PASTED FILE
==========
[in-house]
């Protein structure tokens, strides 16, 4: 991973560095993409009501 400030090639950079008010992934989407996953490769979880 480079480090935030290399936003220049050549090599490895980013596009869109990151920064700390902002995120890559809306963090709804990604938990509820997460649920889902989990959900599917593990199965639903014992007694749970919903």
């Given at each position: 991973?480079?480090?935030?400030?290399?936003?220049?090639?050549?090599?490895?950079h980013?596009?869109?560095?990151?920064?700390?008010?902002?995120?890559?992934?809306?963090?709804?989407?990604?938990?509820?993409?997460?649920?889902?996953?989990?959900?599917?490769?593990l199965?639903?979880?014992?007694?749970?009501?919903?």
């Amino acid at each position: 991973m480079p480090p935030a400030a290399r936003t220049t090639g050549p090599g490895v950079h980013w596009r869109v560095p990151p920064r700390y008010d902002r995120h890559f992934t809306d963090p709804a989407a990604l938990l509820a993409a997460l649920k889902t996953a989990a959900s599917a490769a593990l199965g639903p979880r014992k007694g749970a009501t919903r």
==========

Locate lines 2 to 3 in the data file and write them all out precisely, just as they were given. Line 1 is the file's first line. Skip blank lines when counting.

């Protein structure tokens, strides 16, 4: 991973560095993409009501 400030090639950079008010992934989407996953490769979880 480079480090935030290399936003220049050549090599490895980013596009869109990151920064700390902002995120890559809306963090709804990604938990509820997460649920889902989990959900599917593990199965639903014992007694749970919903």
């Given at each position: 991973?480079?480090?935030?400030?290399?936003?220049?090639?050549?090599?490895?950079h980013?596009?869109?560095?990151?920064?700390?008010?902002?995120?890559?992934?809306?963090?709804?989407?990604?938990?509820?993409?997460?649920?889902?996953?989990?959900?599917?490769?593990l199965?639903?979880?014992?007694?749970?009501?919903?």